Nepal has banned imports of cars, alcohol, tobacco and other luxury items and shortened its work week to help conserve its dwindling supply of foreign exchange, reports South China Morning Post.
A notice published in the Government Gazette said only emergency vehicles may be imported. No imports of any type of alcohol or tobacco products, large-engine motorcycles and mobile phones worth more than USD 600 will be allowed. The ban, which will last until the end of the fiscal year in mid-July, also forbids imports of toys, playing cards, diamonds and other “non-essential” goods.
Without such drastic measures, the foreign currency reserves needed to import almost everything would last only a few more months, officials said. Nepal’s main sources of foreign currency are tourism, remittances from overseas workers and foreign aid.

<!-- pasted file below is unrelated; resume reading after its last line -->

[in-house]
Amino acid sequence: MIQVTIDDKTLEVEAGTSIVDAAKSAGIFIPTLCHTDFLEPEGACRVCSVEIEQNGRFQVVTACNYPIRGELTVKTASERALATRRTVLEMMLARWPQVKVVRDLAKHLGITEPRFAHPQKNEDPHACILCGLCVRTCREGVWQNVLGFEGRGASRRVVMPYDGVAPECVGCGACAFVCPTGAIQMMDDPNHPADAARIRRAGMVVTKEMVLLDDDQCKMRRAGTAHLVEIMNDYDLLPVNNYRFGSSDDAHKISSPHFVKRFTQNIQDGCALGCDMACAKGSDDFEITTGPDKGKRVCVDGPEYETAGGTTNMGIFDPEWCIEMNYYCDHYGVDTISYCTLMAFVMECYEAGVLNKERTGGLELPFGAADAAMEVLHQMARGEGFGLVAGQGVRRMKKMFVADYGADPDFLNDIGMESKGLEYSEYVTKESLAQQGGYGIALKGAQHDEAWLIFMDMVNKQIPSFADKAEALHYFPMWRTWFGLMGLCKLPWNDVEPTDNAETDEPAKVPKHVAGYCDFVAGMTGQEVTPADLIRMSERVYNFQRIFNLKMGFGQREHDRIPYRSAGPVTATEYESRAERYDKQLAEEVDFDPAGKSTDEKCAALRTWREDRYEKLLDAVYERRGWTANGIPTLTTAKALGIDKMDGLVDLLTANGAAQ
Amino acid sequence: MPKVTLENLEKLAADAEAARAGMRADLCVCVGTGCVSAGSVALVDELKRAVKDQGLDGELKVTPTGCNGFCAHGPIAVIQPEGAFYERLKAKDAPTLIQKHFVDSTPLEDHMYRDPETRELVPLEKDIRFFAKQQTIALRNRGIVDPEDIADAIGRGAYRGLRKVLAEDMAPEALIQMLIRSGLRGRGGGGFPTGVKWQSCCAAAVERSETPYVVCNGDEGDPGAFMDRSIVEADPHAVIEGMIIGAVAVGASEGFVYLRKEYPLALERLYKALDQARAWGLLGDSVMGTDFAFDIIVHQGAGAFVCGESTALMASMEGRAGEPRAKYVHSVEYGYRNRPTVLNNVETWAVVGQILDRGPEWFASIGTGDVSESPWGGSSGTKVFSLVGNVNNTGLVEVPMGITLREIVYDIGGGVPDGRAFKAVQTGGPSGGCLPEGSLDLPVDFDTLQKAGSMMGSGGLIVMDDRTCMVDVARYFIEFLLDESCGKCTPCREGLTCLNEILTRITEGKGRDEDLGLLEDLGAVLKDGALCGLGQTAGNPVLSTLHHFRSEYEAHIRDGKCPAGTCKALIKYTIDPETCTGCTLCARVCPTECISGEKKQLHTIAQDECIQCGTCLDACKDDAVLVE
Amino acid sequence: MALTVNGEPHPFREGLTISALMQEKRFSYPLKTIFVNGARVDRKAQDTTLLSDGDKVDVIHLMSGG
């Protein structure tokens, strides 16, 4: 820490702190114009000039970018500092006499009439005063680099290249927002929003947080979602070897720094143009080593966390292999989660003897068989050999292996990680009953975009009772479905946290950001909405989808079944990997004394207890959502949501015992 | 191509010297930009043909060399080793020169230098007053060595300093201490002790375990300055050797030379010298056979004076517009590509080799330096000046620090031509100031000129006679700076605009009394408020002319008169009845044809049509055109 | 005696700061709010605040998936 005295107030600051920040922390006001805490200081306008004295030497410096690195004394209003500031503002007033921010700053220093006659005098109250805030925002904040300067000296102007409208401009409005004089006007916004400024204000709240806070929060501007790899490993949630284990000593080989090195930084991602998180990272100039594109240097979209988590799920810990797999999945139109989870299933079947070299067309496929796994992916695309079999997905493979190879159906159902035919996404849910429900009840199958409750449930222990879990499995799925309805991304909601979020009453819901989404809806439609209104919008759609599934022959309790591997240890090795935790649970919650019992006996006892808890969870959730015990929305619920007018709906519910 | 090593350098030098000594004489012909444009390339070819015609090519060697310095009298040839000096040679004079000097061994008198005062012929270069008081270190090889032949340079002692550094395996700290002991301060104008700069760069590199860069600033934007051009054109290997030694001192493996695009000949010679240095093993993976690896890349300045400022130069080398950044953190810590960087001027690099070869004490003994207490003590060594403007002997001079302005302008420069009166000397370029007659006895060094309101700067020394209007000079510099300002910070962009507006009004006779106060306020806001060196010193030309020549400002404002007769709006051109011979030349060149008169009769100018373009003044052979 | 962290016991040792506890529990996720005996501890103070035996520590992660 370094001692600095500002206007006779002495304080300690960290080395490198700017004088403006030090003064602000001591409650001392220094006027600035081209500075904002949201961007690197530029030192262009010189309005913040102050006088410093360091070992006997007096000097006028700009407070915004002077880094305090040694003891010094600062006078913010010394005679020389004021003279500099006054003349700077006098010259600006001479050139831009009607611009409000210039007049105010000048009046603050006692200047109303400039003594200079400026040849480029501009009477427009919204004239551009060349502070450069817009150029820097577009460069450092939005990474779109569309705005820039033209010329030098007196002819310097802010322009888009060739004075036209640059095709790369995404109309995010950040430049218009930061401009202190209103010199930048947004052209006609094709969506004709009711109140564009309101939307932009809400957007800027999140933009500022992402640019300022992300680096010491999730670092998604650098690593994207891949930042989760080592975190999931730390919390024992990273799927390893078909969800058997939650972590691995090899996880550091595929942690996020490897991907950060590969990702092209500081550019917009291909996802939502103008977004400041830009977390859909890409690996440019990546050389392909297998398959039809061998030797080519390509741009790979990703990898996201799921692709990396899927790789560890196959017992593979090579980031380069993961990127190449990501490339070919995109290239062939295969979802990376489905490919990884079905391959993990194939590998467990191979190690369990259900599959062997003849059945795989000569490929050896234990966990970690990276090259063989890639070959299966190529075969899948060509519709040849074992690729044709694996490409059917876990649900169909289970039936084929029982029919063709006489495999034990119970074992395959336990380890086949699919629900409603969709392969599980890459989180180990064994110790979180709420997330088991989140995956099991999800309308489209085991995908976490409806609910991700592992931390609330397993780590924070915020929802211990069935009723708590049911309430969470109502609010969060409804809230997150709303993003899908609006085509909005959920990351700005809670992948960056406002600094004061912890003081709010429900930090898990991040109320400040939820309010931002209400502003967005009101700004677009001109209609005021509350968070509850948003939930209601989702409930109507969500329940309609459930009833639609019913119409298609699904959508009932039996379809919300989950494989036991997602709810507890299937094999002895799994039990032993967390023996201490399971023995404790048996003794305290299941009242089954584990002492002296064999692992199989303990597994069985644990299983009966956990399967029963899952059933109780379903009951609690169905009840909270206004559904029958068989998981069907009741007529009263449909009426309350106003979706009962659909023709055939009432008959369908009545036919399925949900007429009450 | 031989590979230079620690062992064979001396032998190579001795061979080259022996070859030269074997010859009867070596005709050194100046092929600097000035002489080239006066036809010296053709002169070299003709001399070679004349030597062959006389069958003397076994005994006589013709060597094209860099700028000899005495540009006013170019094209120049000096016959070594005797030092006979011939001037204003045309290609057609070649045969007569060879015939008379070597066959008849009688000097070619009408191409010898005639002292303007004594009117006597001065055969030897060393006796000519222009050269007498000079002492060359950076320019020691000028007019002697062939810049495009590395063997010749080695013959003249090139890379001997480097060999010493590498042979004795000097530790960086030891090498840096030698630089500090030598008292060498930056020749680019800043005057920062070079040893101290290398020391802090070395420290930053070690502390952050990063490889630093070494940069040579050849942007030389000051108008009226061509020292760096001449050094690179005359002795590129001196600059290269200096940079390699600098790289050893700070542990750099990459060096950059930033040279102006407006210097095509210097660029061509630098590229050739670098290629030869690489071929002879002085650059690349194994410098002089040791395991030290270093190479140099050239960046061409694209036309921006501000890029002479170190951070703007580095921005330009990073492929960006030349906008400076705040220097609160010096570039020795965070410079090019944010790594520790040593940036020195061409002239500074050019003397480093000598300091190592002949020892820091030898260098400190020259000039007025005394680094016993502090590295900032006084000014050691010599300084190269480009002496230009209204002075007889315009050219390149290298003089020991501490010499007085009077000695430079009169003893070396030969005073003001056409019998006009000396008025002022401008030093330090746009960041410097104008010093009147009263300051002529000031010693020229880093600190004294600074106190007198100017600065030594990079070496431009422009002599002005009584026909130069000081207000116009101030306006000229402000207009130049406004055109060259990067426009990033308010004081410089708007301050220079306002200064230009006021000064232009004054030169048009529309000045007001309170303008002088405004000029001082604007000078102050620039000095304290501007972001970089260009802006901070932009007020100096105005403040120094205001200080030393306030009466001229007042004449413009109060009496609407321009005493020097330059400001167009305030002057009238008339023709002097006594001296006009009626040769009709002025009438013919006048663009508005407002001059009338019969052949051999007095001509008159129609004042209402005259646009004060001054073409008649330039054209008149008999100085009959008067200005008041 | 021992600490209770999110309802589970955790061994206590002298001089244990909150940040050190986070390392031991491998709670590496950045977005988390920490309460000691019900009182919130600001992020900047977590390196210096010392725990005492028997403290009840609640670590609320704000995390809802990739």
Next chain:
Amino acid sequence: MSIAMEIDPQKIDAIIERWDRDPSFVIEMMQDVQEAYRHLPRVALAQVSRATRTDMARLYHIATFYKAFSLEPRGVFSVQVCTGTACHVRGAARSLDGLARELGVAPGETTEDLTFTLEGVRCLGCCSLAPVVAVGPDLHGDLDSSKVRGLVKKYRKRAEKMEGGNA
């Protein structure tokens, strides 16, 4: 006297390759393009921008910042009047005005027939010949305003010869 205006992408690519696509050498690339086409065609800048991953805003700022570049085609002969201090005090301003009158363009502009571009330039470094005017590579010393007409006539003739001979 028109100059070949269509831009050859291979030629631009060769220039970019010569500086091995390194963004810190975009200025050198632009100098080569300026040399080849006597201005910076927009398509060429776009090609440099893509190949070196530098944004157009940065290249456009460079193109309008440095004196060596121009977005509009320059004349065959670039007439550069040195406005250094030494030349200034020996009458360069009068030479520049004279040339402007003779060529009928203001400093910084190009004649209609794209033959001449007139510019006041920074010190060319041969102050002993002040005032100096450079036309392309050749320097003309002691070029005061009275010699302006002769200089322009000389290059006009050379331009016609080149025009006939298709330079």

Normally, hundreds of thousands of foreign tourists visit the Himalayan country every year, but during the coronavirus pandemic the number of visitors plunged.
Rising prices for oil have increased the pressure on Nepal’s foreign reserves, the report said. To save fuel, Information Minister Gyanendra Karki announced that the government would shorten the work week from five-and-a-half days to five.
However, the crisis is already easing, he said, as tourists resume visits and more Nepalese go overseas to work, sending their earnings home.
The ban on imports of non-essential goods is aimed at pre-empting the situation now faced by regional neighbour Sri Lanka, which is enduring its worst economic crisis in decades after running out of foreign currency to pay for imports.